Bronies, lament: Margaret Loesch is stepping down after five years as president and CEO of The Hub network.
Loesch was the founding CEO of the network, a joint venture between Discovery Communications and Hasbro, Inc. that is geared toward kids and their parents. It trades on parents’ nostalgia for such 1980s cartoon icons as “G.I. Joe,” “Transformers” and “My Little Pony” — all of which happen to be popular Hasbro toys.
One of its most vocal audiences are Bronies — adult men who embrace “My Little Pony.”
“After five years at the Hub Network as its founding President & CEO, I am announcing that I will be leaving at the end of the year when my contract expires,” Loesch said in a statement. “I am very proud of the work we have done and the accomplishments we have achieved at the Hub. The network is now in excellent financial shape, its ratings are up year-to-year, our programming has won more than 30 awards, including 12 Daytime Emmys, and the Hub Network has become a TV home for quality programming that kids and their families come together to enjoy.”
No replacement was immediately named.
“I will be working closely with our parent companies, Discovery and Hasbro, to assist in the leadership transition,” Loesch wrote. “I want to thank both companies for the opportunity they extended me and thank my wonderful team at the Hub. I have loved my job and am proud of the achievements we’ve made. While my career has spanned over four decades, I look forward to evaluating future opportunities and writing the next chapter.”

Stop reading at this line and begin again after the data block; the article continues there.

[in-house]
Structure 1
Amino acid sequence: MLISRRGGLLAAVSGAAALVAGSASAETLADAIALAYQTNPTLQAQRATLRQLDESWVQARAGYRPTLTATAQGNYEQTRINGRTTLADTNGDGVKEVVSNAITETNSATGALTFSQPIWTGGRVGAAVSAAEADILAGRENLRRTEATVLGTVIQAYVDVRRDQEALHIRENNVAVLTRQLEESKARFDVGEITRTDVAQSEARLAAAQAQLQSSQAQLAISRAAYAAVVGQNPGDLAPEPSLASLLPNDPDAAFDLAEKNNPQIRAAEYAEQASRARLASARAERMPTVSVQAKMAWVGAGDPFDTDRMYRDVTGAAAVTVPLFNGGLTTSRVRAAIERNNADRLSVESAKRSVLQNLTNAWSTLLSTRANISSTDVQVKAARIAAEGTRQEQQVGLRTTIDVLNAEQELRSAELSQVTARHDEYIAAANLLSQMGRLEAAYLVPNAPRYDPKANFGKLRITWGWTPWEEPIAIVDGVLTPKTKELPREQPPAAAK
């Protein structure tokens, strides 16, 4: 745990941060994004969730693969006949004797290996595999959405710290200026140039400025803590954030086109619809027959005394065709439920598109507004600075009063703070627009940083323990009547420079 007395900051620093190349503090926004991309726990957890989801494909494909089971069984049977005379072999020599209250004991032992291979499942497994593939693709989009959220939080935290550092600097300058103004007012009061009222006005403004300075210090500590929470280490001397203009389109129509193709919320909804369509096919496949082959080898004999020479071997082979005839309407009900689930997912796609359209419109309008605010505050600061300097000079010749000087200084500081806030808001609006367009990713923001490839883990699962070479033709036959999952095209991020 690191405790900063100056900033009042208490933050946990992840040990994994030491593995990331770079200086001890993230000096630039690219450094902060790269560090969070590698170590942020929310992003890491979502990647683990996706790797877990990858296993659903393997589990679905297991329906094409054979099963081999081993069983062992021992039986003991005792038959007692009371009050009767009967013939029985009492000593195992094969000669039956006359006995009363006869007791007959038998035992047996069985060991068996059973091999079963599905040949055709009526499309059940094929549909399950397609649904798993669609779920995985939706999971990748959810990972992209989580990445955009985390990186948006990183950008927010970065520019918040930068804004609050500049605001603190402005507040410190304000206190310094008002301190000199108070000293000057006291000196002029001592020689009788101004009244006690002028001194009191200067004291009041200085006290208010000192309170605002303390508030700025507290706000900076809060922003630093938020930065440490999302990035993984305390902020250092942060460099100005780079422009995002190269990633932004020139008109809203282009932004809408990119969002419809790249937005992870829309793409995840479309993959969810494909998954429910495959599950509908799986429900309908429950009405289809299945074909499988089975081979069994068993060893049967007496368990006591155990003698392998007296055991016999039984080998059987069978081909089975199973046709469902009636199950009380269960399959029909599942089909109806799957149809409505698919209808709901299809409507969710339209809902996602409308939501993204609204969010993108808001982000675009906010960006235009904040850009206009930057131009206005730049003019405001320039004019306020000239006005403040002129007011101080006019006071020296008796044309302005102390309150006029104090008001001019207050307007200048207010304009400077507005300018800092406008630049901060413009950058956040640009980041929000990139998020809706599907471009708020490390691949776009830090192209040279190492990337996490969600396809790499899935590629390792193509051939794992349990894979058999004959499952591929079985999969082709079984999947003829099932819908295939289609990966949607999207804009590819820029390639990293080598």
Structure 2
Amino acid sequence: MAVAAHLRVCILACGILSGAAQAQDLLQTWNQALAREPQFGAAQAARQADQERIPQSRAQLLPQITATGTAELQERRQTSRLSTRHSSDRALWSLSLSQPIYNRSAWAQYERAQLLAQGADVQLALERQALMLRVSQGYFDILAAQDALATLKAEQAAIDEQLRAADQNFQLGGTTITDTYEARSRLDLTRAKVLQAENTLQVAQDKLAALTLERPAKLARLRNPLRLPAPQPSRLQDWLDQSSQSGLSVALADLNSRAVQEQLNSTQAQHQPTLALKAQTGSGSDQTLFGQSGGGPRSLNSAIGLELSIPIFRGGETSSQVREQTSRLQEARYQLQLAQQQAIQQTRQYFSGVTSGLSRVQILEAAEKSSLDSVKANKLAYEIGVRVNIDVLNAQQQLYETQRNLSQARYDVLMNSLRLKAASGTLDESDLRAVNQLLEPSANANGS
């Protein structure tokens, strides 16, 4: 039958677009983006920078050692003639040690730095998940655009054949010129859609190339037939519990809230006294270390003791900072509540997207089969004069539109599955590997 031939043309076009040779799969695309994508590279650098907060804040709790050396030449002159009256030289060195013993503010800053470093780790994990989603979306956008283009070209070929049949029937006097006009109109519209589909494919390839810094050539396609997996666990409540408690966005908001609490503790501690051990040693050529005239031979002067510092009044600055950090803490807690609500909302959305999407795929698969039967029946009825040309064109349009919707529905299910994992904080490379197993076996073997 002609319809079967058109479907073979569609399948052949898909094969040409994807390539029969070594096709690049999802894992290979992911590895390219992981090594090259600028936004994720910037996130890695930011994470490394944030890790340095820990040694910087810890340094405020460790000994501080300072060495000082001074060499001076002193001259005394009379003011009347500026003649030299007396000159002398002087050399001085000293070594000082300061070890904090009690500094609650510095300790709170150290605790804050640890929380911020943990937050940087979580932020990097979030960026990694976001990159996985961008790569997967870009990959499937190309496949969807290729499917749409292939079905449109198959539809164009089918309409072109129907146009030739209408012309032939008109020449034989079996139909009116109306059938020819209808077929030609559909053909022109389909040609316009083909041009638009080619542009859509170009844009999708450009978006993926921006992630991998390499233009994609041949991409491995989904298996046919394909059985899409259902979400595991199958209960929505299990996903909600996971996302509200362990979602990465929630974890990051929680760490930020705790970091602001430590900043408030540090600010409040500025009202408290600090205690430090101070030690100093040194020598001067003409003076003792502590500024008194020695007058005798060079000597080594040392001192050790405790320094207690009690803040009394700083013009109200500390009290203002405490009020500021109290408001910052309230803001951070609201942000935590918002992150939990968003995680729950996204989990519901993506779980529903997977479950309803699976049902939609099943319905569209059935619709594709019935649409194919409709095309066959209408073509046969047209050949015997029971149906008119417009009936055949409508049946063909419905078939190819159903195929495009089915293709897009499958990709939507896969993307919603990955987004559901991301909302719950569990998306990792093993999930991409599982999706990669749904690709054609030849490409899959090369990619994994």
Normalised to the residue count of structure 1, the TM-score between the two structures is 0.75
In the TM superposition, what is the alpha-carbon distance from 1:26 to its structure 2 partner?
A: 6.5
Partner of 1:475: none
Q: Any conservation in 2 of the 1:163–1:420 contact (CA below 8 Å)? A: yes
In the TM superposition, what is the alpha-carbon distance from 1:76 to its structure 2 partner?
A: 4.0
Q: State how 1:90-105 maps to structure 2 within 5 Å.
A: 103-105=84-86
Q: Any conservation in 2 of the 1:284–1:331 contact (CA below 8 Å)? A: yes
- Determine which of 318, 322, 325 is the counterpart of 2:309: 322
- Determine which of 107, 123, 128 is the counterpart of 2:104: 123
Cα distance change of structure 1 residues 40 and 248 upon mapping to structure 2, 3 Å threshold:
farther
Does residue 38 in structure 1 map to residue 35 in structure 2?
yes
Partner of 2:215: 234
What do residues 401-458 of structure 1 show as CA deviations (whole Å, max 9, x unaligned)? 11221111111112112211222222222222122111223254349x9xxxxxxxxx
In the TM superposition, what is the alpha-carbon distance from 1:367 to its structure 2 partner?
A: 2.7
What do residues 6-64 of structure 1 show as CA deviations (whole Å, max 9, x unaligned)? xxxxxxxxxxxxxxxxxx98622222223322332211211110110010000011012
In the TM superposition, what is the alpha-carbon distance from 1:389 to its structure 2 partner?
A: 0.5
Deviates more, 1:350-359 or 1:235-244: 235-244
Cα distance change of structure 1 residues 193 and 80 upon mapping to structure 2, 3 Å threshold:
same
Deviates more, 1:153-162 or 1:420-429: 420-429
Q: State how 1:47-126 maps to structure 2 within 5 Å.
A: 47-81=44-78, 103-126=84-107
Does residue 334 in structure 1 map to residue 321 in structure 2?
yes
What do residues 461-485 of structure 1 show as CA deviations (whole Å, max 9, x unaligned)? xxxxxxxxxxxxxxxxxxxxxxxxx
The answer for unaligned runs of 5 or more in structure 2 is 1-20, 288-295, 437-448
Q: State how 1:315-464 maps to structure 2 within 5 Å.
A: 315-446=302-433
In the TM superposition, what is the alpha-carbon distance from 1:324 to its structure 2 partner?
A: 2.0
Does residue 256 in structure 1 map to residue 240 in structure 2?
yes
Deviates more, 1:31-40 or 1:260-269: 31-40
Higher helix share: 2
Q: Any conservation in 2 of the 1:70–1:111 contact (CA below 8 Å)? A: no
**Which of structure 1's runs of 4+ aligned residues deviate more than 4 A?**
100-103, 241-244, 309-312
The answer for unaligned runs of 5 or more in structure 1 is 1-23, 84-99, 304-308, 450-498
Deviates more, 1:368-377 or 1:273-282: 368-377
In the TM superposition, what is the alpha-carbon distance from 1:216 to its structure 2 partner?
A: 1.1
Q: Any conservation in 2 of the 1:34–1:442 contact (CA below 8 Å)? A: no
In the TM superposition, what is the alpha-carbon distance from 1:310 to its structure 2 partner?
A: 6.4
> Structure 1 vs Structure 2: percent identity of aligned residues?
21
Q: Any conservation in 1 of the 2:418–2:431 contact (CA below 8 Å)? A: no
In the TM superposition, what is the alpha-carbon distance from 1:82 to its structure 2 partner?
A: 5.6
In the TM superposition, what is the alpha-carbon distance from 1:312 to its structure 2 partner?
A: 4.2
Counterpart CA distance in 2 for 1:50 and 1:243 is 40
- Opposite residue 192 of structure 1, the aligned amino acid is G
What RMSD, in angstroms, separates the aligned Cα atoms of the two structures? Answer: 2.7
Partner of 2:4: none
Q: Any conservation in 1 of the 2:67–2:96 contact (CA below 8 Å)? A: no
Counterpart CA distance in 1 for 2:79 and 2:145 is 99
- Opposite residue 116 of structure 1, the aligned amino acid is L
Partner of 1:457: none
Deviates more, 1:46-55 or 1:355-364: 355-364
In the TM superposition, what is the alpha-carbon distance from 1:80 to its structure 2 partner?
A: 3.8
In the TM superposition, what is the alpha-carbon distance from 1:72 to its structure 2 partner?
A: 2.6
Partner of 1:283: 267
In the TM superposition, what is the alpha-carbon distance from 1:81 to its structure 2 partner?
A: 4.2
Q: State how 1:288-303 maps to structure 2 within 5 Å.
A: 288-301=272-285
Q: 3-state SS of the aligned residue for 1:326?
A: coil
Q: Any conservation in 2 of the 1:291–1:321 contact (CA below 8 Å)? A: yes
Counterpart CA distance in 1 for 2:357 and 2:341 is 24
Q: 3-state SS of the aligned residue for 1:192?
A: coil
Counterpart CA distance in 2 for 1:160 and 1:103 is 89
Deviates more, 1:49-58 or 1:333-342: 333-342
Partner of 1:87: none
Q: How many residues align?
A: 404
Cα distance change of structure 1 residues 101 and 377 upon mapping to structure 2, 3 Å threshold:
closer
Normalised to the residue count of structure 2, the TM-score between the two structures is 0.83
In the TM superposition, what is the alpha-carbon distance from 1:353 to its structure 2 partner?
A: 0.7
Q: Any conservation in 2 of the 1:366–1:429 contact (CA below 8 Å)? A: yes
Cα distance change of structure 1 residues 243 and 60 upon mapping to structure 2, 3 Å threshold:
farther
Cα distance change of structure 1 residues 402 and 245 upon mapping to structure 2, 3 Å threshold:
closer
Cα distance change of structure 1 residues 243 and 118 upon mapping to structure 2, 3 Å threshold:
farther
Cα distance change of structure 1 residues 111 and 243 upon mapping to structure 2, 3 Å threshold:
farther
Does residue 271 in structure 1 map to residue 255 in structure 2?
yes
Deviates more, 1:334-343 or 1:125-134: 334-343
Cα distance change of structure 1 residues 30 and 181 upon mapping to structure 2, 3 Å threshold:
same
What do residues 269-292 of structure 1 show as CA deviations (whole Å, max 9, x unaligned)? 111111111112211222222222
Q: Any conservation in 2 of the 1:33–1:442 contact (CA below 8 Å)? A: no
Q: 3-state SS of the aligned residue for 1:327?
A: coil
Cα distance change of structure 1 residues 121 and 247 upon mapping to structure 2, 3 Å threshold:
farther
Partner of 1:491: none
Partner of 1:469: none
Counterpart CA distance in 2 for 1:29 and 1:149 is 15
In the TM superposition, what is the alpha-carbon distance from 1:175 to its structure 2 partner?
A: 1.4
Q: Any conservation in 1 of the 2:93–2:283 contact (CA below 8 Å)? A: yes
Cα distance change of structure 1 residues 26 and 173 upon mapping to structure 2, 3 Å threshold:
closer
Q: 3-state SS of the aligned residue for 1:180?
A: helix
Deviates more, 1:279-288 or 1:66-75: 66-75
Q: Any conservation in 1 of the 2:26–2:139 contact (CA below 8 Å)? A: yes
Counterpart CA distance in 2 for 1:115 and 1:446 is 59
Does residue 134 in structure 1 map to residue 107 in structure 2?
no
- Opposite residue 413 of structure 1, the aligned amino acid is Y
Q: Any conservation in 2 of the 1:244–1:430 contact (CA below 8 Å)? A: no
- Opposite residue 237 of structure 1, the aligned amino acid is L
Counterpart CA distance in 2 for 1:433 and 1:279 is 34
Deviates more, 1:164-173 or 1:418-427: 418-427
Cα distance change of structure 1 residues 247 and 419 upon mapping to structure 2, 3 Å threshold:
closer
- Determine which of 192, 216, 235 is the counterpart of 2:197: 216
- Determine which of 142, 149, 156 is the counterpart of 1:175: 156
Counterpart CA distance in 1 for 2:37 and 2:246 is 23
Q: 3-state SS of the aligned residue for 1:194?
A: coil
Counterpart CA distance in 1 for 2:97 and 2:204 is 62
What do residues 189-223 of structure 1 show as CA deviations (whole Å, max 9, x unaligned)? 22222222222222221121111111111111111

Prior to her work with the Hub, Loesch was the first President and CEO of Crown Media United States, and helped create its U.S. cable television network, Hallmark Channel. She was also president of television, worldwide, for the Jim Henson Group, where she served as executive producer of “Bear in the Big Blue House.”
In 1990, she became the founding president and CEO of Fox Kids Network, worldwide. Prior to that she was president and CEO of Marvel Comics’ film production arm, Marvel Productions, where she executive produced such series as Jim Henson‘s “Muppet Babies,” “Transformers,” “G.I. Joe,” “Dungeons and Dragons,” and “Spider-Man and His Amazing Friends,” and oversaw a tenfold increase in revenue.